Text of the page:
Aerated soils represent an important sink for atmospheric methane (CH4), due to the effect of methanotrophic bacteria, thus mitigating current atmospheric CH4 increases. Whilst rates of CH4 oxidation have been linked to types of vegetation cover, there has been no systematic investigation of the interaction between plants and soil in relation to the strength of the soil CH4 sink. We used quasi-continuous automated chamber measurements of soil CH4 and CO2 flux from soil collar treatments that selectively include root and ectomycorrhizal (ECM) mycelium to investigate the role of rhizosphere activity as well as the effects of other environmental drivers on CH4 uptake in a temperate coniferous forest soil. We also assessed the potential impact of measurement bias from sporadic chamber measurements in altering estimates of soil CO2 efflux and CH4 uptake. Results show a clear effect of the presence of live roots and ECM mycelium on soil CO2 efflux and CH4 uptake. The presence of ECM hyphae alone (without plant roots) showed intermediate fluxes of both CO2 and CH4 relative to soils that either contained roots and ECM mycelium, or soil lacking root- and ECM mycelium. Regression analysis confirmed a significant influence of soil moisture as well as temperature on flux dynamics of both CH4 and CO2 flux. We further found a surprising increase in soil CH4 uptake during the night, and discuss diurnal fluctuations in atmospheric CH4 (with higher concentrations during stable atmospheric conditions at night) as a potential driver of CH4 oxidation rates. Using the high temporal resolution of our data set, we show that low-frequency sampling results in systematic bias of up-scaled flux estimates, resulting in under-estimates of up to 20% at our study site, due to fluctuations in flux dynamics on diurnal as well as longer time scales.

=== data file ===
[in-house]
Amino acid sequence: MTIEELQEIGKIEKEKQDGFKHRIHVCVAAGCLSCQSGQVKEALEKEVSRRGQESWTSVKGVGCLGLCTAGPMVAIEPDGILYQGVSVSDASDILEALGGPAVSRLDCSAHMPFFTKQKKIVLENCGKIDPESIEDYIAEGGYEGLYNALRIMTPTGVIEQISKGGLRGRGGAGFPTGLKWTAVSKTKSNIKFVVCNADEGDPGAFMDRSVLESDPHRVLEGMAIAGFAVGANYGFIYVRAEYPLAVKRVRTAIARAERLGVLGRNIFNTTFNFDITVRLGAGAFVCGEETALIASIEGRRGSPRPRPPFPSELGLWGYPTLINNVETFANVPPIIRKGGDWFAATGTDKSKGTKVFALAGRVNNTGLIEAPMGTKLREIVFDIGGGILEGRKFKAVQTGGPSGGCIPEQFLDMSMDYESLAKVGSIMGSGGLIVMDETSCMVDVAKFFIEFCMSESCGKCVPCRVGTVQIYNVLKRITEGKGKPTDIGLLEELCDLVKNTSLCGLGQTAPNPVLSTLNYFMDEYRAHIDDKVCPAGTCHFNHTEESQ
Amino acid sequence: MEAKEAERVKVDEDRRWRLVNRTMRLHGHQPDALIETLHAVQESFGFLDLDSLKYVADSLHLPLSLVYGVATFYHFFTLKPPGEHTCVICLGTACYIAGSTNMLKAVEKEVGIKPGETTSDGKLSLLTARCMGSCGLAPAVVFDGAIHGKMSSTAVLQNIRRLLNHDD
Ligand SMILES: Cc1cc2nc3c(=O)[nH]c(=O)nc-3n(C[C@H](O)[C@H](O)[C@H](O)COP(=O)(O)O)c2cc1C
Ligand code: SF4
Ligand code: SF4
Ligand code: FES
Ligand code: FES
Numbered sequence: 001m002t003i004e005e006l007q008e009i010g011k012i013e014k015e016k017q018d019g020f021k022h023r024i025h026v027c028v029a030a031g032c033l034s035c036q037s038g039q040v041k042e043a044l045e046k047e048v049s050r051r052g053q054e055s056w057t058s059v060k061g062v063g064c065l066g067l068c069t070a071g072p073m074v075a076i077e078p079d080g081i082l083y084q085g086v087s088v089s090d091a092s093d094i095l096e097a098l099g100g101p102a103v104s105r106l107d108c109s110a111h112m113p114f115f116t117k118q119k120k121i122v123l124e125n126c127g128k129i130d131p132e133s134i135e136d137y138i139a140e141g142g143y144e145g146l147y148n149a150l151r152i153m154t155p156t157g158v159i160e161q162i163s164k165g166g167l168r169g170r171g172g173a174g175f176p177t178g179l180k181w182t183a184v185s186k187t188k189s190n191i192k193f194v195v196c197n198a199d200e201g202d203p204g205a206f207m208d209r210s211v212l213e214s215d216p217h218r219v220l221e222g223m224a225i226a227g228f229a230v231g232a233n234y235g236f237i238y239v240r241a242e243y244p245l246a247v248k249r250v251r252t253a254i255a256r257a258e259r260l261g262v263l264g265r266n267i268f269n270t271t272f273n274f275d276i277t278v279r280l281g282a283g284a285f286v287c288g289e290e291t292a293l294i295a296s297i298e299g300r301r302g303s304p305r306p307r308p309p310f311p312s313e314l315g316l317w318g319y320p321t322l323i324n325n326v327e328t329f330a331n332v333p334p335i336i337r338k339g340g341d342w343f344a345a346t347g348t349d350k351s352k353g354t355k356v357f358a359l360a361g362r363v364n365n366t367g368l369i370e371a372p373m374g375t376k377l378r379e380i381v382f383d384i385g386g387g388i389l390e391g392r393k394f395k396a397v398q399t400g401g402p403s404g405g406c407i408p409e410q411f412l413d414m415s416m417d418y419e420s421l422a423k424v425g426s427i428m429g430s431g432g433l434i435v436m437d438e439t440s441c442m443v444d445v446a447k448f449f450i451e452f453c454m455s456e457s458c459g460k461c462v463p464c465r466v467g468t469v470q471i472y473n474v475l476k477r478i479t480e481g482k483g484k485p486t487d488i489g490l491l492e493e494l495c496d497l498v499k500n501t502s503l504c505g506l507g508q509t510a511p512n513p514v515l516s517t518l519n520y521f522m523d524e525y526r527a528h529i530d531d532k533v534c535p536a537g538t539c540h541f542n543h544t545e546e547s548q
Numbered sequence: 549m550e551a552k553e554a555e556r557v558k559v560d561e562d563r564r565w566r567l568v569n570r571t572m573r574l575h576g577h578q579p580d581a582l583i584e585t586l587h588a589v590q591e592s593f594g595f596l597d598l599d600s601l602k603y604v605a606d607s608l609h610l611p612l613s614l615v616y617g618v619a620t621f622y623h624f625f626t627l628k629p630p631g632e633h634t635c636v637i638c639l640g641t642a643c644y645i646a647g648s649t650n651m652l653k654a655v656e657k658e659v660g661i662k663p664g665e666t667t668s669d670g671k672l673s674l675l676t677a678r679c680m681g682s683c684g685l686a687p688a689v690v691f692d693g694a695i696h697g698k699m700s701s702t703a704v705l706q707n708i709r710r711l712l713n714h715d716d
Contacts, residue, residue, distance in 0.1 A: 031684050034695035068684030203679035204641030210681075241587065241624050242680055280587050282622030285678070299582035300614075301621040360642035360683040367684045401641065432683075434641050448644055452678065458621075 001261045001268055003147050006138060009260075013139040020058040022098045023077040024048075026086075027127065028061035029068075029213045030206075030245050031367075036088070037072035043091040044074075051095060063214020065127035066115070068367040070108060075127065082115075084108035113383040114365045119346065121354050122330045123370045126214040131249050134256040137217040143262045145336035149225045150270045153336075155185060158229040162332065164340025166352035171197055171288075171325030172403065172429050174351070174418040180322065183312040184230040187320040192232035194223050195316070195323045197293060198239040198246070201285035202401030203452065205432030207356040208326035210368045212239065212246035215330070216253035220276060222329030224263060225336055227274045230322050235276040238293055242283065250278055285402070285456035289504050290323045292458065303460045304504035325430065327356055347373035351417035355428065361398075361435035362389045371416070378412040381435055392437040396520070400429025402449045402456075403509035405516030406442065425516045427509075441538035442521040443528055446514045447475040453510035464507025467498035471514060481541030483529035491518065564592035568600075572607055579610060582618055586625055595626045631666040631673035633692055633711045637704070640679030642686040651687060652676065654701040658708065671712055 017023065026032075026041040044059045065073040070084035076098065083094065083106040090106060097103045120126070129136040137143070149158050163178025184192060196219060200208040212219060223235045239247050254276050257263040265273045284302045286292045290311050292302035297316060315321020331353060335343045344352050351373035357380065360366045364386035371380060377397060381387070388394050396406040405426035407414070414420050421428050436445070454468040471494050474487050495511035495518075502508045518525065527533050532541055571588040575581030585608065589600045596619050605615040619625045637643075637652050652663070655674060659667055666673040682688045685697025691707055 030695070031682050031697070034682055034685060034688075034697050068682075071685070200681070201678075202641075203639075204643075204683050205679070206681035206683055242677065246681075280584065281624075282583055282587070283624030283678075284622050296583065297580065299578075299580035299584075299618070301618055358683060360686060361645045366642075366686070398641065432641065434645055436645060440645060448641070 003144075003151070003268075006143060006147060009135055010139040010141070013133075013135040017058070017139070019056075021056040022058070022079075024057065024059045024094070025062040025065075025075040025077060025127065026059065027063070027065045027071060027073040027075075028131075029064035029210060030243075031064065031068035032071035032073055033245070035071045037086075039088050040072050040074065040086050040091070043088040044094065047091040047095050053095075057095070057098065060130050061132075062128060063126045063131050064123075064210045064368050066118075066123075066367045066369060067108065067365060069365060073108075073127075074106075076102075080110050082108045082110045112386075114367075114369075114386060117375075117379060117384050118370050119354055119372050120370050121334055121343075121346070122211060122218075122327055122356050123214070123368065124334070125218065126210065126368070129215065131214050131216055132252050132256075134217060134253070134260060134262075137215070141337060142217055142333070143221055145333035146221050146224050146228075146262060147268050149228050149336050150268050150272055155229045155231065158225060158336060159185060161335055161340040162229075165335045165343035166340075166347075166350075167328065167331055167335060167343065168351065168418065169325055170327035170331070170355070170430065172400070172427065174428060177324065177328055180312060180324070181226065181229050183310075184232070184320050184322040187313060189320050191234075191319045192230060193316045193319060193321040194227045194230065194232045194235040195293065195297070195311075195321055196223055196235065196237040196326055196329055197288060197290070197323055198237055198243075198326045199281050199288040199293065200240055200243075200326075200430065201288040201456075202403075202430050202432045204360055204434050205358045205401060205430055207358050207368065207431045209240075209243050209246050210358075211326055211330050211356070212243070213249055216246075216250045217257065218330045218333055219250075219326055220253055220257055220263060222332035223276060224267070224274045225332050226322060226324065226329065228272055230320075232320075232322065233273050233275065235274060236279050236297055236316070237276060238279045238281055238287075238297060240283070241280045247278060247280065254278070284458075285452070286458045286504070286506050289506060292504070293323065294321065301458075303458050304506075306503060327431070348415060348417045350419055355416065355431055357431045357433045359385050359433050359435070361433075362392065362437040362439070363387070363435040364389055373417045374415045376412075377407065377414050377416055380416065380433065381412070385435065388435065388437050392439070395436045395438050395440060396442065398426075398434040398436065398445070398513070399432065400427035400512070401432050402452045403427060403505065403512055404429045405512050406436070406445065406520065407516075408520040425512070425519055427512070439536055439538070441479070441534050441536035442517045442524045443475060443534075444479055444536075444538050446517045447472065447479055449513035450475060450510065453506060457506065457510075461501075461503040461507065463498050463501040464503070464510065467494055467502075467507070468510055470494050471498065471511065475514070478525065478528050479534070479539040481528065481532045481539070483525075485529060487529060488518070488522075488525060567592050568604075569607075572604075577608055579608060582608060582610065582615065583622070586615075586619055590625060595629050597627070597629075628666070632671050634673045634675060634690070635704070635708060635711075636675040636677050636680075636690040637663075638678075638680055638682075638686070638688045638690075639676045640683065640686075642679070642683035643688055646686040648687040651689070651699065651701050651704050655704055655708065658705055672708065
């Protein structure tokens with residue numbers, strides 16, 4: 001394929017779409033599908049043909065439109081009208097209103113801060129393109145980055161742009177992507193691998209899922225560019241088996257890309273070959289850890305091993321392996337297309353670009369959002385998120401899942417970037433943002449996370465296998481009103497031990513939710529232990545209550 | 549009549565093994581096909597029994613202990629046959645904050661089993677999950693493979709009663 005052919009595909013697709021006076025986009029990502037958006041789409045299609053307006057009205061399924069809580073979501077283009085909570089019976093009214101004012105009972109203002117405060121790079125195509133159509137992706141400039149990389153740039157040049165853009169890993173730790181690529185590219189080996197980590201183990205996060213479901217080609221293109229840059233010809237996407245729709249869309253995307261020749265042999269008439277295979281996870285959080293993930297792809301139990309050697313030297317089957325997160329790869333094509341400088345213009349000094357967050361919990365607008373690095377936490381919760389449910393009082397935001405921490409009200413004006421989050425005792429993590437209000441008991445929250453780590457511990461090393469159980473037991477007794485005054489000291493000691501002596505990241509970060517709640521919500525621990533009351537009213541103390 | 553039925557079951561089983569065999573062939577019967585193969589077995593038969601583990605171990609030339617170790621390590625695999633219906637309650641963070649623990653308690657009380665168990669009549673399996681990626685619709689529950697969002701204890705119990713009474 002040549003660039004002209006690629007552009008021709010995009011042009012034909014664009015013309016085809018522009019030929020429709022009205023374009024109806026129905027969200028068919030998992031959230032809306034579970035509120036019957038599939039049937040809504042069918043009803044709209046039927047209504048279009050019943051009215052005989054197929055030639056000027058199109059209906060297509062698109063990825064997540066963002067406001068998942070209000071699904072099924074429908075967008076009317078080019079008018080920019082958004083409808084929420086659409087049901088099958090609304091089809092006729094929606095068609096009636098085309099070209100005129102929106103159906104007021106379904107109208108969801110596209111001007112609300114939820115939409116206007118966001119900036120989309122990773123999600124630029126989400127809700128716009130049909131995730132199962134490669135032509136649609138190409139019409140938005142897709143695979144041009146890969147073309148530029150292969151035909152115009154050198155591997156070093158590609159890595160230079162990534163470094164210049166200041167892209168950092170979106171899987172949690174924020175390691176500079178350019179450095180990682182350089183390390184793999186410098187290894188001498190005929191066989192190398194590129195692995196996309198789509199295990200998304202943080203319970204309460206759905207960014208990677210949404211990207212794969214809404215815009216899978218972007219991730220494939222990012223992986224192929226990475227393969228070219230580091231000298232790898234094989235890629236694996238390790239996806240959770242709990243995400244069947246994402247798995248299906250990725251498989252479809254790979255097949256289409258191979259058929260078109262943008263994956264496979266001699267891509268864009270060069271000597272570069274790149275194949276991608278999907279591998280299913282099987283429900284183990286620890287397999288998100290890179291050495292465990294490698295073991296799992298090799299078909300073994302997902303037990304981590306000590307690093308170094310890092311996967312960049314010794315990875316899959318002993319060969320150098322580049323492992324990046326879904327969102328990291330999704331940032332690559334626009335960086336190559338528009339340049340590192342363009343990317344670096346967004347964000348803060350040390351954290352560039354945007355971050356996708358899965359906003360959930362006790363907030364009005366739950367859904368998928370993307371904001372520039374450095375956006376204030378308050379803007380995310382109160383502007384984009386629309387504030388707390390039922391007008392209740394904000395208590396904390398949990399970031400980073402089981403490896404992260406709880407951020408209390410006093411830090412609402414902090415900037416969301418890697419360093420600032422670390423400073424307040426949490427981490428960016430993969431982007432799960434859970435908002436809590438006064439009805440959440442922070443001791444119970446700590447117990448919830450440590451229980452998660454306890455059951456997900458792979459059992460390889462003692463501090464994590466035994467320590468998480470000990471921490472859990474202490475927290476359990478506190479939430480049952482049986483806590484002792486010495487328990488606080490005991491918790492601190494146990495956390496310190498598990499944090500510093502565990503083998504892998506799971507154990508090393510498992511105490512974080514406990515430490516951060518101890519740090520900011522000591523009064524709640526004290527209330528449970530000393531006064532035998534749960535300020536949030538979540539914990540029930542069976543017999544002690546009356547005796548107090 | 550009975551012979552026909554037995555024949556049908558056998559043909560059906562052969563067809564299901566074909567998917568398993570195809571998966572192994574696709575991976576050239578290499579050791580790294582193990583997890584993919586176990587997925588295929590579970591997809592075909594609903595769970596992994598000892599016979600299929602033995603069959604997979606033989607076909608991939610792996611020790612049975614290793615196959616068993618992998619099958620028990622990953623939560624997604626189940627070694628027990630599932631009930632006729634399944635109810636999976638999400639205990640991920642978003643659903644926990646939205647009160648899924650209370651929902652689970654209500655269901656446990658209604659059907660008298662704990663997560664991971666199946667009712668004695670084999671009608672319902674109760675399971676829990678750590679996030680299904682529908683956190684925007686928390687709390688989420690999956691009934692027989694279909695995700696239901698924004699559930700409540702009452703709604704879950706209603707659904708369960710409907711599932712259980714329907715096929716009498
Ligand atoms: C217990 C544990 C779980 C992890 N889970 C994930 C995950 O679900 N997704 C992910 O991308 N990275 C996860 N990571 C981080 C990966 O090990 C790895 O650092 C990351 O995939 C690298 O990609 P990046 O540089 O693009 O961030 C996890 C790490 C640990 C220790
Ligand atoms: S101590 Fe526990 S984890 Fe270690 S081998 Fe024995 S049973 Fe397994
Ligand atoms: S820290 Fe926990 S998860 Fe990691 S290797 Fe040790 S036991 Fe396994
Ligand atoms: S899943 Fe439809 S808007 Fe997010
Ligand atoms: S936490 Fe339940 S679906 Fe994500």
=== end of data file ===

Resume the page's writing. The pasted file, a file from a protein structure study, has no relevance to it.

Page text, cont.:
ASJC Scopus subject areas
- Soil Science